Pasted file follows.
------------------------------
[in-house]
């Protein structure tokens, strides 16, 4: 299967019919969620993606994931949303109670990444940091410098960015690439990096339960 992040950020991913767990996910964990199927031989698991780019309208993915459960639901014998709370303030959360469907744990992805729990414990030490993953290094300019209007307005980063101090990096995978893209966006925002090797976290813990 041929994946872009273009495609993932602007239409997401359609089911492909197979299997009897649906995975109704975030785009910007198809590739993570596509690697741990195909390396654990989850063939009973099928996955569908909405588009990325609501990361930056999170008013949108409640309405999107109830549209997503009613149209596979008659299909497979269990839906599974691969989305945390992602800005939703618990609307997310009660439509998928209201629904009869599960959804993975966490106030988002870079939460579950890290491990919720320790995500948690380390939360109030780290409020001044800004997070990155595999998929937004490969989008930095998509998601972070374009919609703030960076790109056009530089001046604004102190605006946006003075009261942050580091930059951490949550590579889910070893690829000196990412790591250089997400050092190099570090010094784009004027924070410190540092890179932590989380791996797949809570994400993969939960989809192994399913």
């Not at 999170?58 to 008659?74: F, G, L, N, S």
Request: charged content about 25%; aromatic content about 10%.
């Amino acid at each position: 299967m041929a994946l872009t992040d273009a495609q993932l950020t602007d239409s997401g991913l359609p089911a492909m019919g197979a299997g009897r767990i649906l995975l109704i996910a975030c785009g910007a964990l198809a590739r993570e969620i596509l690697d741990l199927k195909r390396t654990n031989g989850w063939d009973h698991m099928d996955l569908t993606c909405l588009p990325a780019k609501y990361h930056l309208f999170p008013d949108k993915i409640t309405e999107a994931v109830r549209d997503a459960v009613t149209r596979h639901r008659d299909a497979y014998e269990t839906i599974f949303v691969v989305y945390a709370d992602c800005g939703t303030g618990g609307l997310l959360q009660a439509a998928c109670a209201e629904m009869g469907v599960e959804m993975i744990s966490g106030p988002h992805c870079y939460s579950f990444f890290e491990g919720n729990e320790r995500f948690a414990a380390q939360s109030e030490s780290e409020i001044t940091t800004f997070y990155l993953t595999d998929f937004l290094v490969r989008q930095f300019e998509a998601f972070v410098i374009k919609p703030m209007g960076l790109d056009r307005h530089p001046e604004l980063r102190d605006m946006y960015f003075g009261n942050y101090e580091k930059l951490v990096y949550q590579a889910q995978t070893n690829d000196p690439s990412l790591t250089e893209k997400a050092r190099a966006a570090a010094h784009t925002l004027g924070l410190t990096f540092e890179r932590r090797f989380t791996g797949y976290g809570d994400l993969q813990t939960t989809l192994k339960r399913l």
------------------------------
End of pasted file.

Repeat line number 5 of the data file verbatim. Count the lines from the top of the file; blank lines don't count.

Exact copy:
């Amino acid at each position: 299967m041929a994946l872009t992040d273009a495609q993932l950020t602007d239409s997401g991913l359609p089911a492909m019919g197979a299997g009897r767990i649906l995975l109704i996910a975030c785009g910007a964990l198809a590739r993570e969620i596509l690697d741990l199927k195909r390396t654990n031989g989850w063939d009973h698991m099928d996955l569908t993606c909405l588009p990325a780019k609501y990361h930056l309208f999170p008013d949108k993915i409640t309405e999107a994931v109830r549209d997503a459960v009613t149209r596979h639901r008659d299909a497979y014998e269990t839906i599974f949303v691969v989305y945390a709370d992602c800005g939703t303030g618990g609307l997310l959360q009660a439509a998928c109670a209201e629904m009869g469907v599960e959804m993975i744990s966490g106030p988002h992805c870079y939460s579950f990444f890290e491990g919720n729990e320790r995500f948690a414990a380390q939360s109030e030490s780290e409020i001044t940091t800004f997070y990155l993953t595999d998929f937004l290094v490969r989008q930095f300019e998509a998601f972070v410098i374009k919609p703030m209007g960076l790109d056009r307005h530089p001046e604004l980063r102190d605006m946006y960015f003075g009261n942050y101090e580091k930059l951490v990096y949550q590579a889910q995978t070893n690829d000196p690439s990412l790591t250089e893209k997400a050092r190099a966006a570090a010094h784009t925002l004027g924070l410190t990096f540092e890179r932590r090797f989380t791996g797949y976290g809570d994400l993969q813990t939960t989809l192994k339960r399913l």